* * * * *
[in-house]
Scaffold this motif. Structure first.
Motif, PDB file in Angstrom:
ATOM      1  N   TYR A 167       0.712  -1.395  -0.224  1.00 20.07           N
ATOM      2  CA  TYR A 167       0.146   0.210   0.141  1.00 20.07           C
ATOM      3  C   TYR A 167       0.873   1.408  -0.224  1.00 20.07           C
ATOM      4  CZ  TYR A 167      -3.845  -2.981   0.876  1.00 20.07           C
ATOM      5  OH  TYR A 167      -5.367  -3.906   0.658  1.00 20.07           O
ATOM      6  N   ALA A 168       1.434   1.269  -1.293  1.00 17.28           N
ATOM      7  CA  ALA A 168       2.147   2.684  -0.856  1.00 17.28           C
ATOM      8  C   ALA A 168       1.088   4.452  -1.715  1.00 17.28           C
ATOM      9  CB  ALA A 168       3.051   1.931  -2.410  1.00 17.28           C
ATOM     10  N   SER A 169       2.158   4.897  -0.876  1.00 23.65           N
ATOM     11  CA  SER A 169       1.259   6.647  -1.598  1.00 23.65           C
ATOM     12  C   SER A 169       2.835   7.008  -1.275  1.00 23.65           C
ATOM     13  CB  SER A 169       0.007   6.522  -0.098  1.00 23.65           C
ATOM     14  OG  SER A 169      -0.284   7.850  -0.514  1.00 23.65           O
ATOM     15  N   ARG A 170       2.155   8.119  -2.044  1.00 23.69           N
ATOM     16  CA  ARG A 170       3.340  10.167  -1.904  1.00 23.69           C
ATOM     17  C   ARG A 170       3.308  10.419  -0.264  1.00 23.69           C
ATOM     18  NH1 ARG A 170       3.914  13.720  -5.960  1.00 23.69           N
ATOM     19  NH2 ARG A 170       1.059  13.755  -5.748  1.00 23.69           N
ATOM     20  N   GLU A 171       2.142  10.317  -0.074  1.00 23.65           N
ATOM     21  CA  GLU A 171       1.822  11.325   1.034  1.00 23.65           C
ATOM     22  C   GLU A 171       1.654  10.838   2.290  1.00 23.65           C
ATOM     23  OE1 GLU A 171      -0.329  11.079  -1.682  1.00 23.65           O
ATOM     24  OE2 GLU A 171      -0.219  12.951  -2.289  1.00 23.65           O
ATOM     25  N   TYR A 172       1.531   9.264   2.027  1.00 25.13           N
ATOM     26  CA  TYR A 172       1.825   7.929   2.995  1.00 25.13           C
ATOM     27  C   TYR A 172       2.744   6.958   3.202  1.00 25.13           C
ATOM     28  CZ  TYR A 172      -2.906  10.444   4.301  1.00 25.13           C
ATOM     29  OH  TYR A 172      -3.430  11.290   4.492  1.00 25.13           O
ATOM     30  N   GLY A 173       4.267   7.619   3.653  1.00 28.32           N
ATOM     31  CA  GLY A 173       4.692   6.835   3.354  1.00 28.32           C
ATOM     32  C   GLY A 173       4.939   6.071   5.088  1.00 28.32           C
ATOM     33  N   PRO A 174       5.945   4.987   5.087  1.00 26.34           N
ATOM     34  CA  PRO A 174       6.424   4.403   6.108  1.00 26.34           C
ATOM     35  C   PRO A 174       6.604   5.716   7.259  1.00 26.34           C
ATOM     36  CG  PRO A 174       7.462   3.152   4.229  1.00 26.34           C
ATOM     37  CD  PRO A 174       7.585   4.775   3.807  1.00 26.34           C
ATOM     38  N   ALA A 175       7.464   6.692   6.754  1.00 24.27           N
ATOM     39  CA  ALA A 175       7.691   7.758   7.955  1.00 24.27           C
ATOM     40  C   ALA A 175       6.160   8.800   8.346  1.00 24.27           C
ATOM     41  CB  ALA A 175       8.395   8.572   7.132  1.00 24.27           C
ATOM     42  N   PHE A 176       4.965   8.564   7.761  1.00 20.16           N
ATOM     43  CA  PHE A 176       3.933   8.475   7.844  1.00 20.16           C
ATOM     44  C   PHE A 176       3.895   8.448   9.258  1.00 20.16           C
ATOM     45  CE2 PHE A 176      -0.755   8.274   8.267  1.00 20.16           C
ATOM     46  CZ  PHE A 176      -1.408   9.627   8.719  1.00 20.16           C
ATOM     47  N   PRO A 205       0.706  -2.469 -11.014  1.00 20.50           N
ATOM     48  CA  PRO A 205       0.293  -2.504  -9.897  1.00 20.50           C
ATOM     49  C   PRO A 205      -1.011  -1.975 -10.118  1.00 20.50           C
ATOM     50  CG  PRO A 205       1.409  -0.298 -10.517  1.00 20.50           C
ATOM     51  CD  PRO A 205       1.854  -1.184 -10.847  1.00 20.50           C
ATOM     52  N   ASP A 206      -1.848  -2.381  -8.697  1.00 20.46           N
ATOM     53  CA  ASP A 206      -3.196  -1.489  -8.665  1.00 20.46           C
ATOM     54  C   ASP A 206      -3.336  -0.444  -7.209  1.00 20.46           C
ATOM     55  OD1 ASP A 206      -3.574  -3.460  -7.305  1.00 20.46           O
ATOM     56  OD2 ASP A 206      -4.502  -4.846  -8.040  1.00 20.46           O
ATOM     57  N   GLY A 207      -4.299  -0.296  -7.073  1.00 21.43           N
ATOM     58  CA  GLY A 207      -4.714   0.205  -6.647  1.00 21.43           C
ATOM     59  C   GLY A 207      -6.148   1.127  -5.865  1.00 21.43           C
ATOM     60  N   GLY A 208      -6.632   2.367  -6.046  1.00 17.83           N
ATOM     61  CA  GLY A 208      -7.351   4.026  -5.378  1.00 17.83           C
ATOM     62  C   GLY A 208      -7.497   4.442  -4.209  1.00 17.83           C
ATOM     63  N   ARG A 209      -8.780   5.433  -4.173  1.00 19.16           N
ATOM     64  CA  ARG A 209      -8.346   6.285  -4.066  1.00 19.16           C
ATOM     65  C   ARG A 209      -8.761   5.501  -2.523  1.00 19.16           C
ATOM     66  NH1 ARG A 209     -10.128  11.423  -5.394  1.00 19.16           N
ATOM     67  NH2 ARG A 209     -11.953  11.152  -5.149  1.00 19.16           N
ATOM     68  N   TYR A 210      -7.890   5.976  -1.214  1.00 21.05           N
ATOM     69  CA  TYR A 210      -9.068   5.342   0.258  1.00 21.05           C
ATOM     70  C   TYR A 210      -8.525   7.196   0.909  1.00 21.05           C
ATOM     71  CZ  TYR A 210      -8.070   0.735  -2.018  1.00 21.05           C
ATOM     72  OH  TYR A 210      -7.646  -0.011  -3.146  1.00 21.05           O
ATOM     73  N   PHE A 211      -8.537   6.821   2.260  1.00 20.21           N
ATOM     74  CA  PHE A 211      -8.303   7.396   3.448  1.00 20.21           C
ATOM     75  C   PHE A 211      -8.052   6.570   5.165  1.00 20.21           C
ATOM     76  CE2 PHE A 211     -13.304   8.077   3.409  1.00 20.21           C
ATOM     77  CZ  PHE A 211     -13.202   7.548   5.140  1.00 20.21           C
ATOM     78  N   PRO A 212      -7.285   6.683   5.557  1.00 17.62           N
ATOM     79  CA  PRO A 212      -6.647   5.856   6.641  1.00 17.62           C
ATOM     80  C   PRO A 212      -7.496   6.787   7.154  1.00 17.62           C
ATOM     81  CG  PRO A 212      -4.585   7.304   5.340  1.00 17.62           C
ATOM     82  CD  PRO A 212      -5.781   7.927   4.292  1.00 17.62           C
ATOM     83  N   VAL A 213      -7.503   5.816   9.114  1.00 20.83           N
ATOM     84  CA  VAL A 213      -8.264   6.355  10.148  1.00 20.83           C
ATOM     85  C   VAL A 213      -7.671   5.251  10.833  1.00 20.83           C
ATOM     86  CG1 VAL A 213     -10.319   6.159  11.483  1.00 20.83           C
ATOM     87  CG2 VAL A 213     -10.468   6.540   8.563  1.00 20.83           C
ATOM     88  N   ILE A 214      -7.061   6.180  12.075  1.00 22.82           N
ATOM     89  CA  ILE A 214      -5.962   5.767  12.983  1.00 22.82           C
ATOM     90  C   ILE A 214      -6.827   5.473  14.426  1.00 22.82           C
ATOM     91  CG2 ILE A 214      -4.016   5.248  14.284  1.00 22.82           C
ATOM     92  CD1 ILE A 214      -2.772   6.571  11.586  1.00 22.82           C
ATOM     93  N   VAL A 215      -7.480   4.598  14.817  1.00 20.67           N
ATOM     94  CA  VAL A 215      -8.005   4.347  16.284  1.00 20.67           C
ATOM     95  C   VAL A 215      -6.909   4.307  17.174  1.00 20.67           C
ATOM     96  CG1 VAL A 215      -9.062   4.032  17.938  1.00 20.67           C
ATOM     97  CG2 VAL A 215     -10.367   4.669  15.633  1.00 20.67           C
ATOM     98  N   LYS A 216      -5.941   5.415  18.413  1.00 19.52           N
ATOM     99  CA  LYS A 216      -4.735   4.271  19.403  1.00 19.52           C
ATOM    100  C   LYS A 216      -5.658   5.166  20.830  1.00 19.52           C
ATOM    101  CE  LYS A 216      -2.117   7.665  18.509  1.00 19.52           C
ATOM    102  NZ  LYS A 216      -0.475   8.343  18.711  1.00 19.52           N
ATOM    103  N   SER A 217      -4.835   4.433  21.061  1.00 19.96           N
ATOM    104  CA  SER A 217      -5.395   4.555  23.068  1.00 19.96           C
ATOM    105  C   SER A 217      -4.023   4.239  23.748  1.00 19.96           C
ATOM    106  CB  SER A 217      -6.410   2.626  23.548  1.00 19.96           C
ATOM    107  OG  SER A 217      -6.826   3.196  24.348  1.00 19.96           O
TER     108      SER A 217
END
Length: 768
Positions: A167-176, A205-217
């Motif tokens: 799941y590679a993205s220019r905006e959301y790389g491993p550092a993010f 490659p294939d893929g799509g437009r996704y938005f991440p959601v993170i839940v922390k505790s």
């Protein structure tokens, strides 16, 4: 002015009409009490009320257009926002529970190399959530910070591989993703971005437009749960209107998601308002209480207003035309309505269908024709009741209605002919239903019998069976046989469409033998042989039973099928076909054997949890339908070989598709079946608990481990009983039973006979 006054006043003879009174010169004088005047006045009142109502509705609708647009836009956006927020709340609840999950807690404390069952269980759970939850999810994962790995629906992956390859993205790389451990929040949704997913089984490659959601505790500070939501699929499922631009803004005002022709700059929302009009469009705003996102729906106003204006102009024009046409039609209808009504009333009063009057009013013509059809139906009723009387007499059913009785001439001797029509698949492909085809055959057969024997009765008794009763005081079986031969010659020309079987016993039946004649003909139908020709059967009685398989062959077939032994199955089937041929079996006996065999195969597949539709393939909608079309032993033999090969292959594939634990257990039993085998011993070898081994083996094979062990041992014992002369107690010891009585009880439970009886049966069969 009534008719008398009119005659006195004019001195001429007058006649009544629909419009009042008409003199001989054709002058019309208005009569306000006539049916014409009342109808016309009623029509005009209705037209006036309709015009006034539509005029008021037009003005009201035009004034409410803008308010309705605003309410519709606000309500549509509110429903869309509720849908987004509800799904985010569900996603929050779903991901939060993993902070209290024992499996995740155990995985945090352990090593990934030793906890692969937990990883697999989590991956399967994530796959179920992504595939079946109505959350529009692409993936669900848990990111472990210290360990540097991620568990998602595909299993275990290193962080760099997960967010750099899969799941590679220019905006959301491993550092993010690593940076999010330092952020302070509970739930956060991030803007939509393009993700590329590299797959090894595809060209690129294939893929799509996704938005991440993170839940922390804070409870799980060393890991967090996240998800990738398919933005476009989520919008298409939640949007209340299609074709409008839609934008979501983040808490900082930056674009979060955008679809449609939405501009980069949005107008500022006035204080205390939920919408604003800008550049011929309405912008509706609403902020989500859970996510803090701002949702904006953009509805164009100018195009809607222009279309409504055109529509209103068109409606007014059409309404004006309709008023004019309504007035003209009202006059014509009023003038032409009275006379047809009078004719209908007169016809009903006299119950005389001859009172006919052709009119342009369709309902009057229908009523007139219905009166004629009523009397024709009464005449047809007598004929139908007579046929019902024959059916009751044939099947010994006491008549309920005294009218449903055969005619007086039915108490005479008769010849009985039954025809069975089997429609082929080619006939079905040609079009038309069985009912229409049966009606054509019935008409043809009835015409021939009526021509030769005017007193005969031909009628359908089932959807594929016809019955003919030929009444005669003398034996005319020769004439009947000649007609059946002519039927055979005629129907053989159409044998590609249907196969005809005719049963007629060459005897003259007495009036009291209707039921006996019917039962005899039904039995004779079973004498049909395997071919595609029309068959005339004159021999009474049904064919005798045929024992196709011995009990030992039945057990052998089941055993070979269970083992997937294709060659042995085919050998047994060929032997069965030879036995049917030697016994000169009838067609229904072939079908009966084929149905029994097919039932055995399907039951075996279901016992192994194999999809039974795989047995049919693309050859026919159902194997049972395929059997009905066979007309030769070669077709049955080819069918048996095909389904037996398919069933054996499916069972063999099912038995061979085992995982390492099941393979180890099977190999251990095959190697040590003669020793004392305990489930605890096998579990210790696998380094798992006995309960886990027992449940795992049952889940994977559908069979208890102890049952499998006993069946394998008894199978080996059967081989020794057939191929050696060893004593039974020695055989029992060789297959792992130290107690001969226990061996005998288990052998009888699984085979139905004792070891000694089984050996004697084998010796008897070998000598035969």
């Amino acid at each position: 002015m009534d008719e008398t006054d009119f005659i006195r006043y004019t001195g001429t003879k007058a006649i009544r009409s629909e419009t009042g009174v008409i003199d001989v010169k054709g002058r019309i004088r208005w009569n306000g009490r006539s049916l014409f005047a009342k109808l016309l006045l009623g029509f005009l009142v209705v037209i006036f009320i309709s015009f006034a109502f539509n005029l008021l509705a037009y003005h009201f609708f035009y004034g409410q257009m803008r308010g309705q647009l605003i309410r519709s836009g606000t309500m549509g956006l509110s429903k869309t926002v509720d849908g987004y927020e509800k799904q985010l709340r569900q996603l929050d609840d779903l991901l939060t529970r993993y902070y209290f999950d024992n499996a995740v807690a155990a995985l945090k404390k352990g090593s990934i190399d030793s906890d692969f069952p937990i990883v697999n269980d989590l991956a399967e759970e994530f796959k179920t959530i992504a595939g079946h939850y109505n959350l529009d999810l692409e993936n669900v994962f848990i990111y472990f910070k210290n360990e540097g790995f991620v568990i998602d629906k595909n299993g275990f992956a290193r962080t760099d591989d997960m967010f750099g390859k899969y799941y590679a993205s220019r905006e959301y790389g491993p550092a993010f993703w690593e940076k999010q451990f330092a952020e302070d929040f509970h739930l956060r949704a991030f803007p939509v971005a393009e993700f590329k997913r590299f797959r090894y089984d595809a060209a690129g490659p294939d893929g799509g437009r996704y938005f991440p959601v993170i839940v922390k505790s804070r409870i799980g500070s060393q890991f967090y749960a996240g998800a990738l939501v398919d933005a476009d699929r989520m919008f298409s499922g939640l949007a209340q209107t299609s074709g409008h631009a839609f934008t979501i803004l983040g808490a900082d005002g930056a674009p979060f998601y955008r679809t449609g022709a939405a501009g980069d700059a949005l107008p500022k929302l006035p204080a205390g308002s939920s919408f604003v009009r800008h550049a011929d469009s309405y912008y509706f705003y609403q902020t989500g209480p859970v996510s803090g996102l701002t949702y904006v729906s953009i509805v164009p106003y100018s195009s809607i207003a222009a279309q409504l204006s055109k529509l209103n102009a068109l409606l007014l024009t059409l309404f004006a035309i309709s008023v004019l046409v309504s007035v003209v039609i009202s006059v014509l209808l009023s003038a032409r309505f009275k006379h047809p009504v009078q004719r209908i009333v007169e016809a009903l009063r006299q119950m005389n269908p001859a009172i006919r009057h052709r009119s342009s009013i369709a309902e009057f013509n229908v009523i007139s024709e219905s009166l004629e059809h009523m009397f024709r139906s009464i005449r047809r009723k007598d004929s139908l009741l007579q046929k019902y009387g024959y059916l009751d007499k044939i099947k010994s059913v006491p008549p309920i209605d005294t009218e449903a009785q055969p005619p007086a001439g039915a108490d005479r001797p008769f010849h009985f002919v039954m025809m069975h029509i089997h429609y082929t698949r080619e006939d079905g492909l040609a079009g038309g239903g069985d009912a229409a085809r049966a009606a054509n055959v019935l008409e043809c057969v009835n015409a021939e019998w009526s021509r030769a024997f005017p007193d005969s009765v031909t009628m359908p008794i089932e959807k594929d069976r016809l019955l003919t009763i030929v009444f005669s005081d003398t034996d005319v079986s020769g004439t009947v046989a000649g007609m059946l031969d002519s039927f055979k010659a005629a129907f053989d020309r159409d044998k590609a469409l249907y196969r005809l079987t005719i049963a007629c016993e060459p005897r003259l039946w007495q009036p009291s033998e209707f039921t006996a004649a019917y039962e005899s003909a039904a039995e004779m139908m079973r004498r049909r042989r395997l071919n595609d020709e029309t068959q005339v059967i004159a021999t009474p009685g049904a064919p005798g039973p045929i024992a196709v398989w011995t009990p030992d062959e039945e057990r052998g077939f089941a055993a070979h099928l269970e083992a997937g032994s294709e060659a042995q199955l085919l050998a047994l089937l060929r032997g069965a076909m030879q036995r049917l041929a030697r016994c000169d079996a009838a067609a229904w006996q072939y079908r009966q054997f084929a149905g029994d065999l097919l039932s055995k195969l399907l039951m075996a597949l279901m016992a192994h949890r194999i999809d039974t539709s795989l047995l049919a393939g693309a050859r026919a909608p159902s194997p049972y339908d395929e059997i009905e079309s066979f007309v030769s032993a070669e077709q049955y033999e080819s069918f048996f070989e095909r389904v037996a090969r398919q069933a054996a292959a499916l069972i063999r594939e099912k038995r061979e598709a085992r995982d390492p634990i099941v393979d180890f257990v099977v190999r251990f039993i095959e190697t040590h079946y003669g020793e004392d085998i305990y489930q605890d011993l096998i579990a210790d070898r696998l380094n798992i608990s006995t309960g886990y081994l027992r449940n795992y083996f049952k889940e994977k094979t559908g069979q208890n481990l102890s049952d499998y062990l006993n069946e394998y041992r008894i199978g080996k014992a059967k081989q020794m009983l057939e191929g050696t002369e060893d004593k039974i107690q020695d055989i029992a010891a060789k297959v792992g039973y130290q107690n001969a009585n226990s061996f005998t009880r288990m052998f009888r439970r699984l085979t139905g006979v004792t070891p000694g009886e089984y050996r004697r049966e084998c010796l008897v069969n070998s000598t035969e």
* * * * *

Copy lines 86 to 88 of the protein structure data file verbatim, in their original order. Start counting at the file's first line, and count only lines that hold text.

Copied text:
ATOM     83  N   VAL A 213      -7.503   5.816   9.114  1.00 20.83           N
ATOM     84  CA  VAL A 213      -8.264   6.355  10.148  1.00 20.83           C
ATOM     85  C   VAL A 213      -7.671   5.251  10.833  1.00 20.83           C